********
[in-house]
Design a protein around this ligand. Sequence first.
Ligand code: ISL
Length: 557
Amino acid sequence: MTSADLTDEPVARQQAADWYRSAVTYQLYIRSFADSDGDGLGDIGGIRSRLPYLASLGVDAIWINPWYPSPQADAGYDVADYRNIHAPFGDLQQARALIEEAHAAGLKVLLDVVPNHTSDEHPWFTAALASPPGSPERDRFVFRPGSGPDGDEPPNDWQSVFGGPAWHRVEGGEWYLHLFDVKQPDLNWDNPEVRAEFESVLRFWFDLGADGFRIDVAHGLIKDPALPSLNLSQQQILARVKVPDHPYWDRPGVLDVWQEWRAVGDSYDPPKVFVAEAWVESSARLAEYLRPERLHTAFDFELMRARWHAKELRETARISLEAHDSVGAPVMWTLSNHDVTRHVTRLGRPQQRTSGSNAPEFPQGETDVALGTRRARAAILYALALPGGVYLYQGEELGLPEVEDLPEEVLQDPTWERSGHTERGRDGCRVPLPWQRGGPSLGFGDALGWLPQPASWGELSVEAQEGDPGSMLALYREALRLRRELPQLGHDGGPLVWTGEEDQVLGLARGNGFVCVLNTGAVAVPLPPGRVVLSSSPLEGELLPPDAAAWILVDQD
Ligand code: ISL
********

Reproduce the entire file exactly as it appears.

[in-house]
Design a protein around this ligand. Sequence first.
Ligand code: ISL
Length: 557
Amino acid sequence: MTSADLTDEPVARQQAADWYRSAVTYQLYIRSFADSDGDGLGDIGGIRSRLPYLASLGVDAIWINPWYPSPQADAGYDVADYRNIHAPFGDLQQARALIEEAHAAGLKVLLDVVPNHTSDEHPWFTAALASPPGSPERDRFVFRPGSGPDGDEPPNDWQSVFGGPAWHRVEGGEWYLHLFDVKQPDLNWDNPEVRAEFESVLRFWFDLGADGFRIDVAHGLIKDPALPSLNLSQQQILARVKVPDHPYWDRPGVLDVWQEWRAVGDSYDPPKVFVAEAWVESSARLAEYLRPERLHTAFDFELMRARWHAKELRETARISLEAHDSVGAPVMWTLSNHDVTRHVTRLGRPQQRTSGSNAPEFPQGETDVALGTRRARAAILYALALPGGVYLYQGEELGLPEVEDLPEEVLQDPTWERSGHTERGRDGCRVPLPWQRGGPSLGFGDALGWLPQPASWGELSVEAQEGDPGSMLALYREALRLRRELPQLGHDGGPLVWTGEEDQVLGLARGNGFVCVLNTGAVAVPLPPGRVVLSSSPLEGELLPPDAAAWILVDQD
Ligand code: ISL